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Widening the thematic scope without sacrificing too much of the claustrophobia that made the original 1979 Alien universally spooky Prometheus takes the trophy for this summer's most adult-oriented blockbuster entertainment. The movie will leave your mouth agape for its entire runtime first with its majestic exploration of an alien planet and conjectures on the origins of the human race second with its gross-out body horror that leaves no spilled gut to the imagination. Thin characters feel more like pawns in Scott's sci-fi prequel but stunning visuals shocking turns and grand questions more than make up for the shallow ensemble. "Epic" comes in many forms. Prometheus sports all of them.
Based on their discovery of a series of cave drawings all sharing a similar painted design Elizabeth (Noomi Rapace) and Charlie (Logan Marshall-Green) are recruited by Weyland to head a mission to another planet one they believe holds the answers to the creation of life on Earth. Along for the journey are Vickers (Charlize Theron) the ruthless Weyland proxy Janek (Idris Elba) a blue collar captain a slew of faceless scientists and David (Michael Fassbender) HAL 9000-esque resident android who awakens the crew of spaceship Prometheus when they arrive to their destination. Immediately upon descent there's a discovery: a giant mound that's anything but natural. The crew immediately prepares to scope out the scene zipping up high-tech spacesuits jumping in futuristic humvees and heading out to the site. What they discover are the awe-inspiring creations of another race. What they bring back to the ship is what they realize may kill their own.
The first half of Prometheus could be easily mistaken for Steven Spielberg's Alien a sense of wonder glowing from every frame not too unlike Close Encounters. Scott takes full advantage of his fictional settings and imbues them with a reality that makes them even more tantalizing. He shoots the vistas of space and the alien planet like National Geographic porn and savors the interior moments on board the Prometheus full of hologram maps sleeping pods and do-it-yourself surgery modules with the same attention. Prometheus is beautiful shot in immersive 3D that never dampers Dariusz Wolski's sharp photography. Scott's direction seems less interested in the run-or-die scenario set up in the latter half of the film but the film maintains tension and mood from beginning to end. It all just gets a bit…bloodier.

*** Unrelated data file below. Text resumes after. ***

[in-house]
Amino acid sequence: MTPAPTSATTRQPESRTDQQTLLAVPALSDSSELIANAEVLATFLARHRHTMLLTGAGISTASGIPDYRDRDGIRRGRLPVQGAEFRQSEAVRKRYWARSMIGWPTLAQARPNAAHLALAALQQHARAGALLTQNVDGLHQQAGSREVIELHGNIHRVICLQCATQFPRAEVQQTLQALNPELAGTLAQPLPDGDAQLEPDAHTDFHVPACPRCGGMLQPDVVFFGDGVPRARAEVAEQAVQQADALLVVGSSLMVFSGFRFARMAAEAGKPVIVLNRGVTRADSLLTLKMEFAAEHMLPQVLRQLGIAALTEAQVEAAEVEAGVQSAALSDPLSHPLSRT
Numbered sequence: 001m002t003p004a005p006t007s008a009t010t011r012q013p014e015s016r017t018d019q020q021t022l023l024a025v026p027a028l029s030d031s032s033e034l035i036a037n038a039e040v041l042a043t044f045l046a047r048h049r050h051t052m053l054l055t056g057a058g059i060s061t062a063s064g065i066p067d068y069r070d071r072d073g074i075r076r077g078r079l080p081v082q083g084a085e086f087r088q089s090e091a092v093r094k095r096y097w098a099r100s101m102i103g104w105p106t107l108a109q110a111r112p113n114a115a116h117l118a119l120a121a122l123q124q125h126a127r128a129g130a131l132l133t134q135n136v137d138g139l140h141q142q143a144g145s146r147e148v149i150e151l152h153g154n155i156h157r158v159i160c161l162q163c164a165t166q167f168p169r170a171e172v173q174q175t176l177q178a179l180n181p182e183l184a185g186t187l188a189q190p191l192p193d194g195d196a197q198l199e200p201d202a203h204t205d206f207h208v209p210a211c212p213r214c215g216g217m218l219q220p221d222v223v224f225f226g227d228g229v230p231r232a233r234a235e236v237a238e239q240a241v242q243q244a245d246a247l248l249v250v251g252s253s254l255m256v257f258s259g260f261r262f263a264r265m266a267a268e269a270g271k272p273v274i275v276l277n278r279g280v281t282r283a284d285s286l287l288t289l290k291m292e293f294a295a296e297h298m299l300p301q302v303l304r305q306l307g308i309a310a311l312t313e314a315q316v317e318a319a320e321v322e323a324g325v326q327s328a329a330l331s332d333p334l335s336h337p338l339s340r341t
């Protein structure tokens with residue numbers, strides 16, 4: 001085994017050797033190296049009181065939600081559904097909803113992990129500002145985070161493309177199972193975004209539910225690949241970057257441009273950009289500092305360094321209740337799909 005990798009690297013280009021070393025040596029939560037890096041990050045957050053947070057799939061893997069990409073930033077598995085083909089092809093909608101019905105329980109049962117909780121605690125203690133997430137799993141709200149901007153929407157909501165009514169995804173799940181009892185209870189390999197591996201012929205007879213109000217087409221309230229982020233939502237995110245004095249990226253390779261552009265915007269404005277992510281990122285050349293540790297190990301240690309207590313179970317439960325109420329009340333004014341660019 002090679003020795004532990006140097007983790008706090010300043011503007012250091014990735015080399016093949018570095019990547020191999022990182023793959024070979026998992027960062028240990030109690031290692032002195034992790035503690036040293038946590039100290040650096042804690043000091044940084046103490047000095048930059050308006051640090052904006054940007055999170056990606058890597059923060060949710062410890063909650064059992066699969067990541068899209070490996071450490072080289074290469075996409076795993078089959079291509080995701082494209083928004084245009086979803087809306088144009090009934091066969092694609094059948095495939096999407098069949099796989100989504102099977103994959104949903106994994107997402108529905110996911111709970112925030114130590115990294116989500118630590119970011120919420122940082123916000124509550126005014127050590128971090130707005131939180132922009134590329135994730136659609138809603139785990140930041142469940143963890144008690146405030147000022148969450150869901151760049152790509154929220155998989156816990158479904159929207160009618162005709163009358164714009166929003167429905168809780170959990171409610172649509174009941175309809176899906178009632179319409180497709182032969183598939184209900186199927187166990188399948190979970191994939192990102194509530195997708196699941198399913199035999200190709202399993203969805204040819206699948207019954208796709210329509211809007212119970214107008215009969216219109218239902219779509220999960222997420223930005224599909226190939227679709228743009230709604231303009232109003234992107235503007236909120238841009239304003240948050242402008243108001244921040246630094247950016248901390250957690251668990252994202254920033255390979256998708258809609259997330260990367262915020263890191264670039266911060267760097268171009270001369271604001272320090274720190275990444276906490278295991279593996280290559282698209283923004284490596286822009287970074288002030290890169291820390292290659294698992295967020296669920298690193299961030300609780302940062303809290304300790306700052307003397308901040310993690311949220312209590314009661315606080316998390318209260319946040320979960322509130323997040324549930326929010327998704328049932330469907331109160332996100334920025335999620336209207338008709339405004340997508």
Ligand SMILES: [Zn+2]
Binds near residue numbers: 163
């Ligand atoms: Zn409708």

Jon Spaihts' and Damon Lindelof's script doesn't do the performers any favors shuffling them to and fro between the ship and the alien construction without much room for development. Reveals are shoehorned in without much setup (one involving Theron's Vickers that's shockingly mishandled) but for the most part the ensemble is ready to chomp into the script's bigger picture conceits. Rapace is a physical performer capable of pulling off a grisly scene involving an alien some sharp objects and a painful procedure (sure to be the scene of the blockbuster season. Among the rest of the crew Fassbender's David stands out as the film's revelatory performance delivering a digestible ambiguity to his mechanical man that playfully toys with expectations from his first entrance. The creature effects in Prometheus will wow you but even Fassbender's smallest gesture can send the mind spinning. The power of his smile packs more of a punch than any facehugger.